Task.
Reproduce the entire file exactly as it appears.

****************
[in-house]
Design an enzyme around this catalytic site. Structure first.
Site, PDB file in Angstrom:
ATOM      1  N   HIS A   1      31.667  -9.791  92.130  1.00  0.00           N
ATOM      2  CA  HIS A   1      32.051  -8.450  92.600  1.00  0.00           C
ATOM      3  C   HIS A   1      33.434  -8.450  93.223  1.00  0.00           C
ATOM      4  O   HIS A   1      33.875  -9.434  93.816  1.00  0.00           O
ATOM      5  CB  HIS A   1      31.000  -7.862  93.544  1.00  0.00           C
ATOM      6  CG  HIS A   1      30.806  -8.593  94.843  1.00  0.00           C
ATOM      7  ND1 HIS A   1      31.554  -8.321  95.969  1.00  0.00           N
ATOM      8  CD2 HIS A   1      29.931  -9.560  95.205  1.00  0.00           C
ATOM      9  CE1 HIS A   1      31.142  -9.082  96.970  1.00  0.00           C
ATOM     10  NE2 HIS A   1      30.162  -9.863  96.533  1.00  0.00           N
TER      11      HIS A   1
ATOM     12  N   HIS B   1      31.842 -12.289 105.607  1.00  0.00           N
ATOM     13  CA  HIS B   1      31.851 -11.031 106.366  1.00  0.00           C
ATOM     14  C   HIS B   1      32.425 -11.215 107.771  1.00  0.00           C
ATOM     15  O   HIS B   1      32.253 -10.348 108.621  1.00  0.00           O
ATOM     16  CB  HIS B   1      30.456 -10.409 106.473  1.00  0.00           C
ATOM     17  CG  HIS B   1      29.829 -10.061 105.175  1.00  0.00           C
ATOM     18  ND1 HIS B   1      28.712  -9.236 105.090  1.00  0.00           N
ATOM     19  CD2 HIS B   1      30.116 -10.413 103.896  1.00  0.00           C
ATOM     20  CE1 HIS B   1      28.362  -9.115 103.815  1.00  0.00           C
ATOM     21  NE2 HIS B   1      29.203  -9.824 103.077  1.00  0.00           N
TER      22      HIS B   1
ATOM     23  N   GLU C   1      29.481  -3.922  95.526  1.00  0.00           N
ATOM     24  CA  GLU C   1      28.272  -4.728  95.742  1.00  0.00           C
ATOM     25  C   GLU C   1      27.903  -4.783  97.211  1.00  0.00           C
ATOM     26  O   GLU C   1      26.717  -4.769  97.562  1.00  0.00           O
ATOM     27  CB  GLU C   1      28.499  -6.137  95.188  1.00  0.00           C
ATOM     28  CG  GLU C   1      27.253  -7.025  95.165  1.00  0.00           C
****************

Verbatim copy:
[in-house]
Design an enzyme around this catalytic site. Structure first.
Site, PDB file in Angstrom:
ATOM      1  N   HIS A   1      31.667  -9.791  92.130  1.00  0.00           N
ATOM      2  CA  HIS A   1      32.051  -8.450  92.600  1.00  0.00           C
ATOM      3  C   HIS A   1      33.434  -8.450  93.223  1.00  0.00           C
ATOM      4  O   HIS A   1      33.875  -9.434  93.816  1.00  0.00           O
ATOM      5  CB  HIS A   1      31.000  -7.862  93.544  1.00  0.00           C
ATOM      6  CG  HIS A   1      30.806  -8.593  94.843  1.00  0.00           C
ATOM      7  ND1 HIS A   1      31.554  -8.321  95.969  1.00  0.00           N
ATOM      8  CD2 HIS A   1      29.931  -9.560  95.205  1.00  0.00           C
ATOM      9  CE1 HIS A   1      31.142  -9.082  96.970  1.00  0.00           C
ATOM     10  NE2 HIS A   1      30.162  -9.863  96.533  1.00  0.00           N
TER      11      HIS A   1
ATOM     12  N   HIS B   1      31.842 -12.289 105.607  1.00  0.00           N
ATOM     13  CA  HIS B   1      31.851 -11.031 106.366  1.00  0.00           C
ATOM     14  C   HIS B   1      32.425 -11.215 107.771  1.00  0.00           C
ATOM     15  O   HIS B   1      32.253 -10.348 108.621  1.00  0.00           O
ATOM     16  CB  HIS B   1      30.456 -10.409 106.473  1.00  0.00           C
ATOM     17  CG  HIS B   1      29.829 -10.061 105.175  1.00  0.00           C
ATOM     18  ND1 HIS B   1      28.712  -9.236 105.090  1.00  0.00           N
ATOM     19  CD2 HIS B   1      30.116 -10.413 103.896  1.00  0.00           C
ATOM     20  CE1 HIS B   1      28.362  -9.115 103.815  1.00  0.00           C
ATOM     21  NE2 HIS B   1      29.203  -9.824 103.077  1.00  0.00           N
TER      22      HIS B   1
ATOM     23  N   GLU C   1      29.481  -3.922  95.526  1.00  0.00           N
ATOM     24  CA  GLU C   1      28.272  -4.728  95.742  1.00  0.00           C
ATOM     25  C   GLU C   1      27.903  -4.783  97.211  1.00  0.00           C
ATOM     26  O   GLU C   1      26.717  -4.769  97.562  1.00  0.00           O
ATOM     27  CB  GLU C   1      28.499  -6.137  95.188  1.00  0.00           C
ATOM     28  CG  GLU C   1      27.253  -7.025  95.165  1.00  0.00           C